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Growing, Older: A Chronicle of Death, Life, and Vegetables Paperback – October 21, 2010
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Gussow has written and taught extensively on food and politics (This Organic Life, 2001), but here she turns to a more personal subject, the period following the death of her husband of 40 years. She assumed (as did others) that she would be grief-stricken, yet she found herself able to move into the next period of life with grace and anticipation. This is due in no small part to long-term differences the two experienced (although they seem minor), and to her rededication to gardening. It would be incorrect to classify this as a guide to plant care or landscape design, however, as Gussow's view on life and living is far too broad. She writes about removing pests from the yard and then shifts gears to discuss national food policy, share recipes for zucchini, and reminisce about her son and butterflies. She rails against humanity's interest only in itself, yet expresses pride in her ability to still heft bags of soil and rocks. Gussow is an octogenarian who will not go gently in any direction, and certainly won't be ignored.
Gussow (Mary Swartz Rose Professor Emerita & former chair, nutrition dept., Columbia Univ. Teachers Coll.; This Organic Life invites readers into her life as a widow through journal entries spanning almost ten years. What's fascinating is that she found herself not lonely but content and fulfilled through her extensive garden and the animals that visited. She shares lessons of self-reliance and self-control in potatoes' tendency to stay put, bees' role in the food chain, and her own tenacity to cherish nature. Her compilation of life experiences would primarily interest gardeners or environmentalists.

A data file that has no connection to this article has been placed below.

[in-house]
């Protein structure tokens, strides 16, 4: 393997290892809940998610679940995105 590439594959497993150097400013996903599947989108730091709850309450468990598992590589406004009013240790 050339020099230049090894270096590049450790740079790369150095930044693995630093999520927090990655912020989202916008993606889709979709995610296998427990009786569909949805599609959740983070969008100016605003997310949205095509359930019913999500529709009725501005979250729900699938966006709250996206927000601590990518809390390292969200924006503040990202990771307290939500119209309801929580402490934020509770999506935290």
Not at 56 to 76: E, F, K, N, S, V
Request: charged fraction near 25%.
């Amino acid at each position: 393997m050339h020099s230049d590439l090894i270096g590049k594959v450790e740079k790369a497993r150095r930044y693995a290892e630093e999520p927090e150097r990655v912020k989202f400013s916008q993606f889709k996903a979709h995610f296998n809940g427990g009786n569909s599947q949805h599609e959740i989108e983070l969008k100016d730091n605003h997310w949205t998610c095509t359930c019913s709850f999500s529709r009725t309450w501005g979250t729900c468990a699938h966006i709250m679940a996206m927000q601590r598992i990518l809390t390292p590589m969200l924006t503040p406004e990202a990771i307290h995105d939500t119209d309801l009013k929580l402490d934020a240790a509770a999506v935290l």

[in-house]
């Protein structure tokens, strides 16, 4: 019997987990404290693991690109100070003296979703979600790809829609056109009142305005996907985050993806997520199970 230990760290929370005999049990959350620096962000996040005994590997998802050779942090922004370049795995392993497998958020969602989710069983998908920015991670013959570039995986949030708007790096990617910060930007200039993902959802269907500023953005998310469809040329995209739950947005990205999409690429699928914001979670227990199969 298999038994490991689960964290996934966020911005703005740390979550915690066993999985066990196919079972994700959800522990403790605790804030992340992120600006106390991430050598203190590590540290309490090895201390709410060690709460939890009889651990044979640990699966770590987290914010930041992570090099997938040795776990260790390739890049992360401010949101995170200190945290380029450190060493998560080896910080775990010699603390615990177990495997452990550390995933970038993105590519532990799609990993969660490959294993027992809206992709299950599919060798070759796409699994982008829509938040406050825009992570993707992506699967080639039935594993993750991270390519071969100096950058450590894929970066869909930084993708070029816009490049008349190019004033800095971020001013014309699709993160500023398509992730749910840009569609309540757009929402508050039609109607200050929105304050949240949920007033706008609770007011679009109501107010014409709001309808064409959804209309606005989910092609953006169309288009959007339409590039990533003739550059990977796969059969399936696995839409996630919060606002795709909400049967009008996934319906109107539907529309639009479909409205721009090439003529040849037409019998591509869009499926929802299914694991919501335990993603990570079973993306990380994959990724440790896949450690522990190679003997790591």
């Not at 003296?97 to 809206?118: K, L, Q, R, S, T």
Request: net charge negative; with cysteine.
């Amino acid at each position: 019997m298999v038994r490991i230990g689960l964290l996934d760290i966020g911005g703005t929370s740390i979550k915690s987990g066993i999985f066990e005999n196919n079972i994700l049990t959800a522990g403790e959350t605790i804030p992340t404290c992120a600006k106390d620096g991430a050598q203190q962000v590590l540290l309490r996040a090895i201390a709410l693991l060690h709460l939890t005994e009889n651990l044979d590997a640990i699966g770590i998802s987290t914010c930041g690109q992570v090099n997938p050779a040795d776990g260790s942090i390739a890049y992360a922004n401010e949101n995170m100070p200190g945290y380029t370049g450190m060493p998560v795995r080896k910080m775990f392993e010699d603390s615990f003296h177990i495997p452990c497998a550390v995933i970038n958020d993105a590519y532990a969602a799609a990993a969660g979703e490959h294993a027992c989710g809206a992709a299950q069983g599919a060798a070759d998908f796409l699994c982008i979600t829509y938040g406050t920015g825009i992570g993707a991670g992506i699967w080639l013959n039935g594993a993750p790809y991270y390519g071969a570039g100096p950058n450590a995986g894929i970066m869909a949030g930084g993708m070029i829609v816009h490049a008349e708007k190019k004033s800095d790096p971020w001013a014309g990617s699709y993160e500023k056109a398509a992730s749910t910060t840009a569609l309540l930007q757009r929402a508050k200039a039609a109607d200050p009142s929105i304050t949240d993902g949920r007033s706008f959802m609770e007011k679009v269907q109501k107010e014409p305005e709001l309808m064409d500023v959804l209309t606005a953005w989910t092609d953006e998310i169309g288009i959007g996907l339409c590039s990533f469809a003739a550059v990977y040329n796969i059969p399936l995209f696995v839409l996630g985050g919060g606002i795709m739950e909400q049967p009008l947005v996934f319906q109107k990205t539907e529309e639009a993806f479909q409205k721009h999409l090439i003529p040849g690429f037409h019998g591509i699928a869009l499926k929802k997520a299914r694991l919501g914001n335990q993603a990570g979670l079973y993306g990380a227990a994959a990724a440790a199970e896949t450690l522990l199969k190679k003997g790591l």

"Once in a while, when I have an original thought, I look around and realize Joan said it first."--Michael Pollan, bestselling author of In Defense of Food, and The Omnivore's Dilemma
"In Growing, Older Joan Dye Gussow once again proves herself the consummate writer, gardener, cook, professor and-it turns out-philosopher, too. This is a memoir about death, but much like Joan herself, it's brimming with life. A vivid, unflinching, and unexpected self-portrait."--Dan Barber, chef and co-owner of Blue Hill and Blue Hill at Stone Barns
"Joan Gussow provides us with delicious inspiration by picking from her garden and cooking seasonally. She is an enlightened nutritionist who understands that our health and the health of the planet begin with stewardship of the earth!"--Alice Waters co-owner of Chez Panisse and author of Chez Panisse Cooking and The Art of Simple Food.
Top Customer Reviews
The collection opens with the death of Gussow's husband, her reaction to his loss (she "simply didn't miss him"), and her difficulty in sharing this truth with people who asked how she felt. What she actually felt was a "strange liberation," she says, "from things I hadn't known I was imprisoned by." (Some readers may find this measure of her marriage startling and perhaps even uncaring, but it is honest, direct, and authentic, qualities we value in a memoir, and which are characteristic of all Gussow's writing.) But if she is not devastated by her husband's death, there are other issues that do bring her nearly to despair: the frenzied consumerism of our culture, the media's "furious silence" about peak oil, the hidden costs and the obvious vulnerabilities of our food system, and climate change.Read more ›